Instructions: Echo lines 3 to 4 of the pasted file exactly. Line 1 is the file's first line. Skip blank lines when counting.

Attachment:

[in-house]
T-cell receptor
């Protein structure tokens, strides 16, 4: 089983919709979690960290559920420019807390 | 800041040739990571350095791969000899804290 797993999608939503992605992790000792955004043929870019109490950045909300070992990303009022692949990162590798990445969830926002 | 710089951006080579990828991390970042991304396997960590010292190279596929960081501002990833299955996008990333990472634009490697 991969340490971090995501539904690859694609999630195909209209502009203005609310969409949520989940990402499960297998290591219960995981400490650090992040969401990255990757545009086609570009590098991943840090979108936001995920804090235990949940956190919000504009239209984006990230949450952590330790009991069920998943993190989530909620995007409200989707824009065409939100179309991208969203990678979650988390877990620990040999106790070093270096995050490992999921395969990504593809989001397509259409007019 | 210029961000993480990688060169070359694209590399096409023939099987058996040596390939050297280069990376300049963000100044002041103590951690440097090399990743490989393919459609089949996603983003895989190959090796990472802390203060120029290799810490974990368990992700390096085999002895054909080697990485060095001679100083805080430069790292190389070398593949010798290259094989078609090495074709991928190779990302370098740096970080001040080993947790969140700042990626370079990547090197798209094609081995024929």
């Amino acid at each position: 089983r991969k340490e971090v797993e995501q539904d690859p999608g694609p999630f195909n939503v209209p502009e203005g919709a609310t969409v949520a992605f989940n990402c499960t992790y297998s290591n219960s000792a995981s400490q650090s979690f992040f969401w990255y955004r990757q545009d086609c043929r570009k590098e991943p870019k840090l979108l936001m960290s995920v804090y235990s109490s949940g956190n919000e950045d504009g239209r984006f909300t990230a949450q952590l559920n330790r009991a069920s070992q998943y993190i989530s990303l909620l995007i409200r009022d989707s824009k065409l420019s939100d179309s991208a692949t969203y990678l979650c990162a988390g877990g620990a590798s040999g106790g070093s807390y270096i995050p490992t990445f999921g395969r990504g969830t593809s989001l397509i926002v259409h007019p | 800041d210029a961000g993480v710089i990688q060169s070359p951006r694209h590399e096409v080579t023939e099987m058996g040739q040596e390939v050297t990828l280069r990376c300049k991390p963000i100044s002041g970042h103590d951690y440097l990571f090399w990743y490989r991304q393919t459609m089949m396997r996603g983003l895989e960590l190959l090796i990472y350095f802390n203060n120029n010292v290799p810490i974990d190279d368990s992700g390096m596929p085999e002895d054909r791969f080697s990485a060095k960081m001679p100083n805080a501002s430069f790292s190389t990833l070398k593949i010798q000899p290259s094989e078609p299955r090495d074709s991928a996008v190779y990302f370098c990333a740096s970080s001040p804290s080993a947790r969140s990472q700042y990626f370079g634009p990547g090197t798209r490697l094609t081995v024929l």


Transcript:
């Protein structure tokens, strides 16, 4: 089983919709979690960290559920420019807390 | 800041040739990571350095791969000899804290 797993999608939503992605992790000792955004043929870019109490950045909300070992990303009022692949990162590798990445969830926002 | 710089951006080579990828991390970042991304396997960590010292190279596929960081501002990833299955996008990333990472634009490697 991969340490971090995501539904690859694609999630195909209209502009203005609310969409949520989940990402499960297998290591219960995981400490650090992040969401990255990757545009086609570009590098991943840090979108936001995920804090235990949940956190919000504009239209984006990230949450952590330790009991069920998943993190989530909620995007409200989707824009065409939100179309991208969203990678979650988390877990620990040999106790070093270096995050490992999921395969990504593809989001397509259409007019 | 210029961000993480990688060169070359694209590399096409023939099987058996040596390939050297280069990376300049963000100044002041103590951690440097090399990743490989393919459609089949996603983003895989190959090796990472802390203060120029290799810490974990368990992700390096085999002895054909080697990485060095001679100083805080430069790292190389070398593949010798290259094989078609090495074709991928190779990302370098740096970080001040080993947790969140700042990626370079990547090197798209094609081995024929």
């Amino acid at each position: 089983r991969k340490e971090v797993e995501q539904d690859p999608g694609p999630f195909n939503v209209p502009e203005g919709a609310t969409v949520a992605f989940n990402c499960t992790y297998s290591n219960s000792a995981s400490q650090s979690f992040f969401w990255y955004r990757q545009d086609c043929r570009k590098e991943p870019k840090l979108l936001m960290s995920v804090y235990s109490s949940g956190n919000e950045d504009g239209r984006f909300t990230a949450q952590l559920n330790r009991a069920s070992q998943y993190i989530s990303l909620l995007i409200r009022d989707s824009k065409l420019s939100d179309s991208a692949t969203y990678l979650c990162a988390g877990g620990a590798s040999g106790g070093s807390y270096i995050p490992t990445f999921g395969r990504g969830t593809s989001l397509i926002v259409h007019p | 800041d210029a961000g993480v710089i990688q060169s070359p951006r694209h590399e096409v080579t023939e099987m058996g040739q040596e390939v050297t990828l280069r990376c300049k991390p963000i100044s002041g970042h103590d951690y440097l990571f090399w990743y490989r991304q393919t459609m089949m396997r996603g983003l895989e960590l190959l090796i990472y350095f802390n203060n120029n010292v290799p810490i974990d190279d368990s992700g390096m596929p085999e002895d054909r791969f080697s990485a060095k960081m001679p100083n805080a501002s430069f790292s190389t990833l070398k593949i010798q000899p290259s094989e078609p299955r090495d074709s991928a996008v190779y990302f370098c990333a740096s970080s001040p804290s080993a947790r969140s990472q700042y990626f370079g634009p990547g090197t798209r490697l094609t081995v024929l």